Murong Ping

Murong Ping (慕容評) was a regent of the Chinese/Xianbei state Former Yan during the reign of Murong Wei (Emperor You), after the death of the previous, far more capable regent Murong Ke. He, along with Murong Wei's mother Empress Dowager Kezuhun, is often blamed for Former Yan's decline and fall.

Early life

Murong Ping was one of the youngest, if not the youngest, sons of the Jin vassal, the Xianbei chief Murong Hui (慕容廆), the father of Former Yan's founder Murong Huang. Although historical records do not give his age, it was probably close in range to Murong Jun, Murong Huang's heir apparent. (This is corroborated in that his grandnephew Murong Wei, at one point, referred to him as an uncle rather than a granduncle, perhaps out of confusion in his young age.) It is not known who his mother was.

The first reference to him in history was in 339, when he was mentioned as one of Murong Huang's generals (along with another brother, Murong Jun (慕容軍, note different tone and character than his nephew who would later inherit the throne), Muyu Gen (慕輿根), and Muyu Ni (慕輿泥)) who conducted a successful raid against Later Zhao's border region.

During Murong Jun's reign

In 348, Murong Huang died, and was succeeded by his son Murong Jun, who was then still using the Jin-created title Prince of Yan. In 349, Later Zhao's emperor Shi Hu died, and his state soon fell into internectine wars between his sons and his adoptive grandson Shi Min. Murong Jun therefore decided to advance south. In Murong Jun's campaigns over the next few years, which saw him seize much of Later Zhao's territory and capture Shi Min (who had by then changed him name to Ran Min, to the family name that his father had before his adoption by Shi Hu) and destroy his short-lived state Ran Wei, Murong Ping served as a major general. Murong Ping led the army that sieged Ran Wei's capital Yecheng (鄴城, in modern Handan, Hebei ), after Ran Min's capture, in 352, against Ran Min's wife Empress Dong and son Ran Zhi, and the city fell to him, formally ending Ran Wei. He was put in charge of Yecheng's defenses. In 354, Murong Jun, who had by now completely broken from Jin and claimed imperial title, put him in charge of military operations in the Luoyang region (although Former Yan would not be able to capture Luoyang at this time) and also created him the Prince of Shangyong. Over the next few years, Murong Ping would be involved in leading armies against various former Later Zhao generals who were still trying to maintain independence and vacillating between Former Yan, Former Qin, and Jin. His campaigns were of mixed successes and failures.

In 360, Murong Jun grew seriously ill, and he commissioned his capable brother Murong Ke as regent for his son Murong Wei. Murong Ping, Yang Mu (陽鞪), and Muyu Gen were to serve as Murong Ke's assistants. Murong Jun soon died, and Murong Wei succeeded him.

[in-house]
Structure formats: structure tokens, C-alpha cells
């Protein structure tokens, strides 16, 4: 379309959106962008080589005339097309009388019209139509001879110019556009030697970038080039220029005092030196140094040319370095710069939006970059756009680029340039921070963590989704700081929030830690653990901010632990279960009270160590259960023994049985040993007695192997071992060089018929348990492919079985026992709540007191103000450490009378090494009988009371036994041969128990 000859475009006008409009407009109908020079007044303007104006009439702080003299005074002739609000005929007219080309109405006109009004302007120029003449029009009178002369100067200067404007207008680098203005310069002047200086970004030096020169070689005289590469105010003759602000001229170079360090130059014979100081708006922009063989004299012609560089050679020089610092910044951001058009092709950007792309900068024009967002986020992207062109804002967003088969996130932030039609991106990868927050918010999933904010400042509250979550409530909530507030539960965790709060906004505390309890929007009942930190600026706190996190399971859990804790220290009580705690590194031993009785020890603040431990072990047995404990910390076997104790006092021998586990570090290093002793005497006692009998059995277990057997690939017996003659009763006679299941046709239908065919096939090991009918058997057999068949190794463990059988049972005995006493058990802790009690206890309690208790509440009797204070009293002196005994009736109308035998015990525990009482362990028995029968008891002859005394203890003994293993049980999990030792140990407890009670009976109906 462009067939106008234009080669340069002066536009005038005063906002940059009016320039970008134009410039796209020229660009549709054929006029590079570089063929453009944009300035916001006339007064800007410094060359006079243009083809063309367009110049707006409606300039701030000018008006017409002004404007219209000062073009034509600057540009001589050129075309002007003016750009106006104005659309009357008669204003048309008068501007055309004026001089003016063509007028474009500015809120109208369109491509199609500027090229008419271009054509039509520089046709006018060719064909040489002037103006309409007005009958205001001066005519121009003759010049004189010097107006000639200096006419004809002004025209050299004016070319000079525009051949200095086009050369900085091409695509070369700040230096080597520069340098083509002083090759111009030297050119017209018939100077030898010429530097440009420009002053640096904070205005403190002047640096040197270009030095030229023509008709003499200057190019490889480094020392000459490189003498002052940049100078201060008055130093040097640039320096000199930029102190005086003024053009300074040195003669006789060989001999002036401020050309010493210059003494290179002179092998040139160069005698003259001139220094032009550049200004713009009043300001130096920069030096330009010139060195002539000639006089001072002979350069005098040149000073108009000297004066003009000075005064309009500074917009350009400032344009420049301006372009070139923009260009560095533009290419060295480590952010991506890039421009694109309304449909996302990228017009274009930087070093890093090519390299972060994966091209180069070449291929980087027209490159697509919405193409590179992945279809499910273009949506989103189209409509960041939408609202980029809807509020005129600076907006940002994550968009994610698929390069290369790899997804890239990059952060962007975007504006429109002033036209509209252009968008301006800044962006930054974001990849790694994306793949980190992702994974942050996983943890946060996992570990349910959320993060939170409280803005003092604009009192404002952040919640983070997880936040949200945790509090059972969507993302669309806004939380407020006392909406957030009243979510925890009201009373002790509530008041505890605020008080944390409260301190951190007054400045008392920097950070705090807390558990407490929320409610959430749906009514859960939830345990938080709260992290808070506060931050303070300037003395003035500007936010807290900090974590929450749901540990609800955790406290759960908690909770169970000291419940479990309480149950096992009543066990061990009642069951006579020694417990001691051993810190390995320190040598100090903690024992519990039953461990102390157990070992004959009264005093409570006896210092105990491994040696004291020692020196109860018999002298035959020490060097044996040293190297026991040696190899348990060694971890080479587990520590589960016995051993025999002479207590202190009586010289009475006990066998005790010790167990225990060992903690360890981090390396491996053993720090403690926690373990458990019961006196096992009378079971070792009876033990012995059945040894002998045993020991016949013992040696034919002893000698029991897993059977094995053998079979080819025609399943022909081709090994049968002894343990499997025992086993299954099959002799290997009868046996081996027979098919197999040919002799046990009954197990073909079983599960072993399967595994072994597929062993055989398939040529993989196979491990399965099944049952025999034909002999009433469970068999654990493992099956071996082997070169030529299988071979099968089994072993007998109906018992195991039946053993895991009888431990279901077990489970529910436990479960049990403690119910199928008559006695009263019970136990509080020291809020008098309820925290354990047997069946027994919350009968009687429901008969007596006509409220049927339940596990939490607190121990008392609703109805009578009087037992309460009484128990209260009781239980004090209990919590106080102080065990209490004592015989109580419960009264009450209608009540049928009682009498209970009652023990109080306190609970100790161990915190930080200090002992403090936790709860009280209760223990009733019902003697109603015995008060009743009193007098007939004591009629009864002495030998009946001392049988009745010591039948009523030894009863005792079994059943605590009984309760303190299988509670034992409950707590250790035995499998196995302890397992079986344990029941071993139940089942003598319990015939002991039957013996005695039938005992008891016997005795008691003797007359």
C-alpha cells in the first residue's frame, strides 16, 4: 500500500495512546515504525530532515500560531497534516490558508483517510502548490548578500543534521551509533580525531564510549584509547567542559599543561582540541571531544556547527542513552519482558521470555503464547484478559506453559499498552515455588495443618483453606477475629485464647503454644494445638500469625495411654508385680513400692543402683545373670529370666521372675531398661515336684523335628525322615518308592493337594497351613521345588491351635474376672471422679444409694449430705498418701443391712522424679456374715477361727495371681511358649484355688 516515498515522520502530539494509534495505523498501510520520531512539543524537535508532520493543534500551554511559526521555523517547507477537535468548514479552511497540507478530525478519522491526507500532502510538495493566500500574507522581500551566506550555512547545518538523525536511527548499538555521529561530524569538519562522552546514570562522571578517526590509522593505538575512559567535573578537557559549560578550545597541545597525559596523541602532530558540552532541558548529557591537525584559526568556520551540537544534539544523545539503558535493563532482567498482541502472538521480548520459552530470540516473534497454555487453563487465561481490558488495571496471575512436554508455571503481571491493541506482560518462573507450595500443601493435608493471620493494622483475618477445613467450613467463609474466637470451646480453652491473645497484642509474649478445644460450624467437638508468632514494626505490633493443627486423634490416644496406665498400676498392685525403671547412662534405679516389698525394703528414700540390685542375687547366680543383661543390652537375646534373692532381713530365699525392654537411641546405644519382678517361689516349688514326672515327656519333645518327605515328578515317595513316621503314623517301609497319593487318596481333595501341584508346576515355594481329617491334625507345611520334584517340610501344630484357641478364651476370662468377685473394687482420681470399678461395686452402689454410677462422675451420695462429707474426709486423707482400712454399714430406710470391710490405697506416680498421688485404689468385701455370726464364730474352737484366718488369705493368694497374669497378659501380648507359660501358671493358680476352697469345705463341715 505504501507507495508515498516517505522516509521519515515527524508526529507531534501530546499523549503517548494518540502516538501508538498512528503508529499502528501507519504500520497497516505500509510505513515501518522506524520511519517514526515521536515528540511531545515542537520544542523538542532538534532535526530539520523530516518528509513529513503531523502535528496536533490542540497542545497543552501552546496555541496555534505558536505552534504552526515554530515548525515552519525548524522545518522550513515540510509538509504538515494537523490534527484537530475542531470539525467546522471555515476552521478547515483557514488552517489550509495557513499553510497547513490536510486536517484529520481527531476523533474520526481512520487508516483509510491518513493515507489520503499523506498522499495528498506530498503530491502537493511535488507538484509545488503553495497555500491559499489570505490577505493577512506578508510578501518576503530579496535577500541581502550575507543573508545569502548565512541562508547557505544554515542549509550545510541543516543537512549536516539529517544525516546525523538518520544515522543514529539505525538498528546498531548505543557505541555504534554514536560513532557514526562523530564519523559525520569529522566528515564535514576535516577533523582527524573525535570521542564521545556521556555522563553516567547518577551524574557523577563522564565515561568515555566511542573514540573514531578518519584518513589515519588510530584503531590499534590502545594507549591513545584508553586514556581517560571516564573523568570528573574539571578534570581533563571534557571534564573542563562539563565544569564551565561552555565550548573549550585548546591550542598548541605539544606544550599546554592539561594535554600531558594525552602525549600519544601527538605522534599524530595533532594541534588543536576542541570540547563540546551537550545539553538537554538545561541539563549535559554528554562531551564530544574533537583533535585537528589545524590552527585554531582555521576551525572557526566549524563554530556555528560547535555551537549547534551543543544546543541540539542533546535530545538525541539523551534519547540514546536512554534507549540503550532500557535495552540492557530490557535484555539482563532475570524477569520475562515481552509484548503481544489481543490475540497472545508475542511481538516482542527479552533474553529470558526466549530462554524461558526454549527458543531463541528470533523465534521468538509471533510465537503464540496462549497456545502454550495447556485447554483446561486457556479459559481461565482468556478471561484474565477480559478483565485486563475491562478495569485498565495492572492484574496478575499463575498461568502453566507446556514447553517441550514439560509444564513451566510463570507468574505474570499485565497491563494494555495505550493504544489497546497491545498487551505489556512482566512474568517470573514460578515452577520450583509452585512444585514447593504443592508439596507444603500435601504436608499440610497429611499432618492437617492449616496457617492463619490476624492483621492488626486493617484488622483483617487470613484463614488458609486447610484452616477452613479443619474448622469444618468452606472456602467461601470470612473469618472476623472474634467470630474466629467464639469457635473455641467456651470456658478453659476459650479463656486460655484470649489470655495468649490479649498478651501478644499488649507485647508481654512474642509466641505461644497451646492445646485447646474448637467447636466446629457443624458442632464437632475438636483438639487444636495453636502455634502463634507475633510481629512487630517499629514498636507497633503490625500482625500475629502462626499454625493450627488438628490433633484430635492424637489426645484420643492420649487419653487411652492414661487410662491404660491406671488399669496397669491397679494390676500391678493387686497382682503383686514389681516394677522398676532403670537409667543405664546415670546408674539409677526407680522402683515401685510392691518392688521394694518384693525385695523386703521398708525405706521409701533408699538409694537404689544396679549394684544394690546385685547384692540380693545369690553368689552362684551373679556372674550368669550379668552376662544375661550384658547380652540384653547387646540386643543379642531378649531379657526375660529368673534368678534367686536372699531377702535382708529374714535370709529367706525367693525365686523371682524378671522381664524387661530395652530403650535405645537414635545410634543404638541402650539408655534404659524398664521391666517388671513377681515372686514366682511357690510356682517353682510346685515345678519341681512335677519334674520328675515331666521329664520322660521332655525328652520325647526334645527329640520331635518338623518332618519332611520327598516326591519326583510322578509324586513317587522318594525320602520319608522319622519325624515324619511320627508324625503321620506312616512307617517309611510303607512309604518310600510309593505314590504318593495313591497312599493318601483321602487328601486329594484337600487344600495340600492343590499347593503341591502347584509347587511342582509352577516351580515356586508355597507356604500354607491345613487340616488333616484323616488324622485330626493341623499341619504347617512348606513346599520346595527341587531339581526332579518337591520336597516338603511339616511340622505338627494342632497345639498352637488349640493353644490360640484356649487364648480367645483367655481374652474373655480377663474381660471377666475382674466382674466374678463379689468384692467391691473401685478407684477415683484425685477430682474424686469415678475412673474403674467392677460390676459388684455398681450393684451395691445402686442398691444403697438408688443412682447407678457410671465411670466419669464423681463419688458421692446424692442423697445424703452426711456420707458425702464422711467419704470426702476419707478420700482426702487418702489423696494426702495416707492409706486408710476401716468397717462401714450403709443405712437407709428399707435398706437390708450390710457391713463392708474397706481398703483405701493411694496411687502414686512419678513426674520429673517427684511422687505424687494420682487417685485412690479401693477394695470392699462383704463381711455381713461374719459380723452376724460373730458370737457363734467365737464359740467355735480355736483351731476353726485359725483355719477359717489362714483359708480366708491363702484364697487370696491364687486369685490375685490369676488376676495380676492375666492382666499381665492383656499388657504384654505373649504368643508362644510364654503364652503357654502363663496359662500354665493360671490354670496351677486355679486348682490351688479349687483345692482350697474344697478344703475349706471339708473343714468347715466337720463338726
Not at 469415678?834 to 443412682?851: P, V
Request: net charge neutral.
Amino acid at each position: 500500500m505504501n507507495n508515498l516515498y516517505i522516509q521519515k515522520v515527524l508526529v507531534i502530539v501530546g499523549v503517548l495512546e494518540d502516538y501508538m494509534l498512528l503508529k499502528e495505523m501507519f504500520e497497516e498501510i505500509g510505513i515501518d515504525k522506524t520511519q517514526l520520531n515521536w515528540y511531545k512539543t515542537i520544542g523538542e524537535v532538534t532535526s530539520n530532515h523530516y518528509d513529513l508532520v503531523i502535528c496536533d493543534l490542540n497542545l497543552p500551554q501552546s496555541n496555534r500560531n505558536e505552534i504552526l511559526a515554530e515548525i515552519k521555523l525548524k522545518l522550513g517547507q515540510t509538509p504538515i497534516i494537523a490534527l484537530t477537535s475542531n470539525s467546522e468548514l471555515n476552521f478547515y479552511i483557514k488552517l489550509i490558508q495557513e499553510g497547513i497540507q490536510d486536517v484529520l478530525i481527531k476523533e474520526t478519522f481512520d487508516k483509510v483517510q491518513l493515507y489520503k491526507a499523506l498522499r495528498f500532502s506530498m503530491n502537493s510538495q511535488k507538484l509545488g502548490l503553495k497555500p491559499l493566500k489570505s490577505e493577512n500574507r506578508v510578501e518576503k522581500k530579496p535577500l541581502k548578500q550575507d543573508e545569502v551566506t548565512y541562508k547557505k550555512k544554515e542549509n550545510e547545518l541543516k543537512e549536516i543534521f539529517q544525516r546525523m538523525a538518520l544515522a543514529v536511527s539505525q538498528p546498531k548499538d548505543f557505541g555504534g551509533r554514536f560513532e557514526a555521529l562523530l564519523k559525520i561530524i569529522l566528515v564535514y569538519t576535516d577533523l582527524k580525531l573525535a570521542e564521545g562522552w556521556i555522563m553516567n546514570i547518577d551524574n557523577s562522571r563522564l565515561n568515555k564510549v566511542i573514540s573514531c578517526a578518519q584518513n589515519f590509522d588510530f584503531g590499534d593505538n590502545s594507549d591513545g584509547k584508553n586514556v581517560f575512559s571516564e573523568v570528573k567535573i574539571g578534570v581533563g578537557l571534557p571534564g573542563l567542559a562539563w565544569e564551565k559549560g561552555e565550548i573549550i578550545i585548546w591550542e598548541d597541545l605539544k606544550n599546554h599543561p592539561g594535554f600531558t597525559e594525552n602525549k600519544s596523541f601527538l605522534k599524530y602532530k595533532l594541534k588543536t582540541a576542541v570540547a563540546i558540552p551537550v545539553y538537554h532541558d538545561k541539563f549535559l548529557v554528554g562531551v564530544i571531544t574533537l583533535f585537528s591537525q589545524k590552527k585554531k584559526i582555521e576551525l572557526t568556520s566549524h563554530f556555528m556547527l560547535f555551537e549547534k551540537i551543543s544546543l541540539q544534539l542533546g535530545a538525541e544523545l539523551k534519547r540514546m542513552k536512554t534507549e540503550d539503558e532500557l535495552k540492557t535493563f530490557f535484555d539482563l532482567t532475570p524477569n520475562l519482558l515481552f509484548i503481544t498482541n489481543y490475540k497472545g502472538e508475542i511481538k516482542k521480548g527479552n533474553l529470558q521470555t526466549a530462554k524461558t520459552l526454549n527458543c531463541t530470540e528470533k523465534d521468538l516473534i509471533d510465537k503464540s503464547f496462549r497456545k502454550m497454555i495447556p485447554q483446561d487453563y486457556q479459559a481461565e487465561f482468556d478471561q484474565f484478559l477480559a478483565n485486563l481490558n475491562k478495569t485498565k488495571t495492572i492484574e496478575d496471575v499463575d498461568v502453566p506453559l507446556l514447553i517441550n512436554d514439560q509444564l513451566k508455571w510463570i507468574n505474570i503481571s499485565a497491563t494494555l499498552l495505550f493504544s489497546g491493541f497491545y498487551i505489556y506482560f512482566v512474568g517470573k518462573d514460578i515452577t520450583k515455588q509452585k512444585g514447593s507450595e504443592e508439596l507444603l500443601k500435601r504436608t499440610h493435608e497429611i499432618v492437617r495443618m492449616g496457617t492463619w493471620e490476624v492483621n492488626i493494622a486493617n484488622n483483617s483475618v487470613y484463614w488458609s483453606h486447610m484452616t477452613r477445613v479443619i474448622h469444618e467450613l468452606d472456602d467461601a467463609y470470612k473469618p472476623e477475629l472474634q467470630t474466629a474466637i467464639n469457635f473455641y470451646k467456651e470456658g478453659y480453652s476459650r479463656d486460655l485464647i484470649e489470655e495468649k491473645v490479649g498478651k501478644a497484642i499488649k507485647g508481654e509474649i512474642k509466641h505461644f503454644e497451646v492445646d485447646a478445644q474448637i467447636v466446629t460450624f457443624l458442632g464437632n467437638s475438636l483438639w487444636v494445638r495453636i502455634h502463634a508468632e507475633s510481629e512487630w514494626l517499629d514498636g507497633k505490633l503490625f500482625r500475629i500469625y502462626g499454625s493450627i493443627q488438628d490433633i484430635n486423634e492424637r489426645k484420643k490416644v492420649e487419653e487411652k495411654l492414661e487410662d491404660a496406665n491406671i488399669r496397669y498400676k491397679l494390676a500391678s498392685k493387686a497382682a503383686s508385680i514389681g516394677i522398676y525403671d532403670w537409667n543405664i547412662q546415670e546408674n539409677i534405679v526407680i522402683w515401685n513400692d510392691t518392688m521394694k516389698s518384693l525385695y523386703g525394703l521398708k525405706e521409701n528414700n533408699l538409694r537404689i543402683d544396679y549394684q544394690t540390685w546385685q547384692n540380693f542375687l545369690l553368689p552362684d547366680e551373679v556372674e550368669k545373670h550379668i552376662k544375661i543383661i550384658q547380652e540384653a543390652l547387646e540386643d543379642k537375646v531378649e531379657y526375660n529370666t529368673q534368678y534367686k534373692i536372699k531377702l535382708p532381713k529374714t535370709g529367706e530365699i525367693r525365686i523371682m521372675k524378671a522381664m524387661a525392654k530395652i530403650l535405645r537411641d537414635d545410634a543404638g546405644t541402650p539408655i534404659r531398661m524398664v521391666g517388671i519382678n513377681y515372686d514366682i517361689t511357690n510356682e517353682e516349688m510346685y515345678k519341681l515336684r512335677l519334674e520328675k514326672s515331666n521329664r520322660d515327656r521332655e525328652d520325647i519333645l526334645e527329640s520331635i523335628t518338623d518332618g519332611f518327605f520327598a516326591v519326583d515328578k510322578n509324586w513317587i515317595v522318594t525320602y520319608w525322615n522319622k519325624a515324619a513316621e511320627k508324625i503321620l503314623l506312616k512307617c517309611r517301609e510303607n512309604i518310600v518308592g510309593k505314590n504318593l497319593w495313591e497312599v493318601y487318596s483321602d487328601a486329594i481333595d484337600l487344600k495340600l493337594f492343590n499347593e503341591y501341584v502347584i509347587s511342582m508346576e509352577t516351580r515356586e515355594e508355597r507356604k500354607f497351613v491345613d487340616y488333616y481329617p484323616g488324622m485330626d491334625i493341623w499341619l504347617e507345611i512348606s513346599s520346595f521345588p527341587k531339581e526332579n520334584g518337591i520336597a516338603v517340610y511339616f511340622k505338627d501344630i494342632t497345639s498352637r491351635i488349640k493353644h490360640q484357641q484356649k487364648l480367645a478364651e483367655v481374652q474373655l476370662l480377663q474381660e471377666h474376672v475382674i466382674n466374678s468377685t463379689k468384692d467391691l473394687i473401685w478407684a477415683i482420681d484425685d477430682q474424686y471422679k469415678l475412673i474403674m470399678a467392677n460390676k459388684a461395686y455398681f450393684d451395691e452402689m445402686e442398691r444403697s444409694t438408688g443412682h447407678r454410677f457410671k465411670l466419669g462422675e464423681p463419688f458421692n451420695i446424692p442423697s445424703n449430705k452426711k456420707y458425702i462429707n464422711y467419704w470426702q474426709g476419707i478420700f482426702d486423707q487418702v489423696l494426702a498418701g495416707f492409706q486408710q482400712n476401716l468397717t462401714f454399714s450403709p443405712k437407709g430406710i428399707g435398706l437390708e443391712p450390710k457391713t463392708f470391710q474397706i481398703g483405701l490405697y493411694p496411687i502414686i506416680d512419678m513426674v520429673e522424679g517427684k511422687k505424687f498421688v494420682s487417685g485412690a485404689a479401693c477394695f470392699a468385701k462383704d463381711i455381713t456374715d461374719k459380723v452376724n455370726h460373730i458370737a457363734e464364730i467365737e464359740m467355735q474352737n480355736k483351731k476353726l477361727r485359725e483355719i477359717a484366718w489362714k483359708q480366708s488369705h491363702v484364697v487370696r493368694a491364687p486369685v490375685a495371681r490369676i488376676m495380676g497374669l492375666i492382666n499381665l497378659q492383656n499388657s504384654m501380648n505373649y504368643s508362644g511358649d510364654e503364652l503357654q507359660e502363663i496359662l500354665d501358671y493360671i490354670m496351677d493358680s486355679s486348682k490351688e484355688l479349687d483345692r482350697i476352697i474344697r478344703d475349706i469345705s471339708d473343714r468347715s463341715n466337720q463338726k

During Murong Ke's regency

Muyu Gen, a more senior official than Murong Ke or Murong Ping, was unwilling to submit to Murong Ke, and he falsely told the young emperor and his mother Empress Dowager Kezuhun Murong Ke and Murong Ping were planning a rebellion. Empress Dowager Kezuhun believed Muyu, but the young emperor did not and refused to authorize his actions. Murong Ke soon found out and, after consulting with Murong Ping, executed Muyu and his clan.

Murong Ke was clearly the regent at this point, but he consulted Murong Ping on all major decisions. His regency was considered a successful one, as he governed the empire with efficiency while expanding its borders southward, at Jin's expense. Murong Ping's role in this success is unclear. In 361, the magician Ding Jin (丁進), whom Murong Wei trusted, tried to flatter Murong Ke by suggesting to him to kill Murong Ping, but Murong Ke became angry and executed Ding.

In 366, both Murong Ke and Murong Ping offered to resign their posts and return all of their authorities to Murong Wei. Murong Wei declined.

In 367, Murong Ke grew ill. He tried to persuade Murong Ping, Murong Wei, and Murong Wei's older brother Murong Zang (慕容臧) the Prince of Le'an that one of his main responsibilities, as the commander of the armies, should be transferred to Murong Chui the Prince of Wu, his brother, as he saw Murong Chui as a capable general, but after Murong Ke died later that year, Murong Ping declined to do so, and instead gave that post to Murong Wei's younger brother Murong Chong the Prince of Zhongshan. Murong Ping himself assumed the regency and held power in conjunction with Empress Dowager Kezuhun.